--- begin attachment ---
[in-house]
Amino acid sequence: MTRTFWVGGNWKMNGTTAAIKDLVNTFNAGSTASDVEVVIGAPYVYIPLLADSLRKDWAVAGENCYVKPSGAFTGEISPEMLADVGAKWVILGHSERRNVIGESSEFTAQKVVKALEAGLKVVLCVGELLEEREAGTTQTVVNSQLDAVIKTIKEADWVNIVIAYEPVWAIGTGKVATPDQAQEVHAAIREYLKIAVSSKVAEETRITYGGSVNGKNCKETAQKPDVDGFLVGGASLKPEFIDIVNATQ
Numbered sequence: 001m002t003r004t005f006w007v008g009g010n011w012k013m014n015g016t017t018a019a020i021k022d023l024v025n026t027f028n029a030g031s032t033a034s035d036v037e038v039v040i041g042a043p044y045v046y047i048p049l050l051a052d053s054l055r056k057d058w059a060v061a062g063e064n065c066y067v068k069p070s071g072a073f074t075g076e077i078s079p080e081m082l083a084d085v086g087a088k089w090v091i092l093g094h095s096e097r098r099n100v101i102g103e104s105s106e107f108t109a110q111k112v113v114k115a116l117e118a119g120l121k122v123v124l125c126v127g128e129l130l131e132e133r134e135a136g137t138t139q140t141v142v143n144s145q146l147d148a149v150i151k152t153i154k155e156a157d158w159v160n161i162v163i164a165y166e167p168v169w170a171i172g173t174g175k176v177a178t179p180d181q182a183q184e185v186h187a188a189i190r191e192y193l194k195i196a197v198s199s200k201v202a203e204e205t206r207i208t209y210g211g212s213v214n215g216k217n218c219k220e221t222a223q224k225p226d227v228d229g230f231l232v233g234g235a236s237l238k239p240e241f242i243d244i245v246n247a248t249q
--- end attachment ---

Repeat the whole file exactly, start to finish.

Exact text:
[in-house]
Amino acid sequence: MTRTFWVGGNWKMNGTTAAIKDLVNTFNAGSTASDVEVVIGAPYVYIPLLADSLRKDWAVAGENCYVKPSGAFTGEISPEMLADVGAKWVILGHSERRNVIGESSEFTAQKVVKALEAGLKVVLCVGELLEEREAGTTQTVVNSQLDAVIKTIKEADWVNIVIAYEPVWAIGTGKVATPDQAQEVHAAIREYLKIAVSSKVAEETRITYGGSVNGKNCKETAQKPDVDGFLVGGASLKPEFIDIVNATQ
Numbered sequence: 001m002t003r004t005f006w007v008g009g010n011w012k013m014n015g016t017t018a019a020i021k022d023l024v025n026t027f028n029a030g031s032t033a034s035d036v037e038v039v040i041g042a043p044y045v046y047i048p049l050l051a052d053s054l055r056k057d058w059a060v061a062g063e064n065c066y067v068k069p070s071g072a073f074t075g076e077i078s079p080e081m082l083a084d085v086g087a088k089w090v091i092l093g094h095s096e097r098r099n100v101i102g103e104s105s106e107f108t109a110q111k112v113v114k115a116l117e118a119g120l121k122v123v124l125c126v127g128e129l130l131e132e133r134e135a136g137t138t139q140t141v142v143n144s145q146l147d148a149v150i151k152t153i154k155e156a157d158w159v160n161i162v163i164a165y166e167p168v169w170a171i172g173t174g175k176v177a178t179p180d181q182a183q184e185v186h187a188a189i190r191e192y193l194k195i196a197v198s199s200k201v202a203e204e205t206r207i208t209y210g211g212s213v214n215g216k217n218c219k220e221t222a223q224k225p226d227v228d229g230f231l232v233g234g235a236s237l238k239p240e241f242i243d244i245v246n247a248t249q